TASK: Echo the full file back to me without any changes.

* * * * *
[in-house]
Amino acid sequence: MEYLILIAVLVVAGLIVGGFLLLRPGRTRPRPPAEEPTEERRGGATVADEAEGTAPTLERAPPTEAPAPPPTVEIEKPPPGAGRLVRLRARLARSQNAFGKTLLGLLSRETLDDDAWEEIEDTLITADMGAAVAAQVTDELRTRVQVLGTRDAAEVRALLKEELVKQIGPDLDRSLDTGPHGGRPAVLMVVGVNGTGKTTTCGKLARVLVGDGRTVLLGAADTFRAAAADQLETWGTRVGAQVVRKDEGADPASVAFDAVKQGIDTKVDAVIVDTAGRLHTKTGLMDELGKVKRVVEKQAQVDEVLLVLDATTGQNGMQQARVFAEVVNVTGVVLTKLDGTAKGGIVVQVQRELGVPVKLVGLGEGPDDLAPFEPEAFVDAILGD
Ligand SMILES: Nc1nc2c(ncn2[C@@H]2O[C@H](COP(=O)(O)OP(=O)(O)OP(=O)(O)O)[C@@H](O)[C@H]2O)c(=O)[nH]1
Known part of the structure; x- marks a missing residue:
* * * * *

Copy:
[in-house]
Amino acid sequence: MEYLILIAVLVVAGLIVGGFLLLRPGRTRPRPPAEEPTEERRGGATVADEAEGTAPTLERAPPTEAPAPPPTVEIEKPPPGAGRLVRLRARLARSQNAFGKTLLGLLSRETLDDDAWEEIEDTLITADMGAAVAAQVTDELRTRVQVLGTRDAAEVRALLKEELVKQIGPDLDRSLDTGPHGGRPAVLMVVGVNGTGKTTTCGKLARVLVGDGRTVLLGAADTFRAAAADQLETWGTRVGAQVVRKDEGADPASVAFDAVKQGIDTKVDAVIVDTAGRLHTKTGLMDELGKVKRVVEKQAQVDEVLLVLDATTGQNGMQQARVFAEVVNVTGVVLTKLDGTAKGGIVVQVQRELGVPVKLVGLGEGPDDLAPFEPEAFVDAILGD
Ligand SMILES: Nc1nc2c(ncn2[C@@H]2O[C@H](COP(=O)(O)OP(=O)(O)OP(=O)(O)O)[C@@H](O)[C@H]2O)c(=O)[nH]1
Known part of the structure; x- marks a missing residue: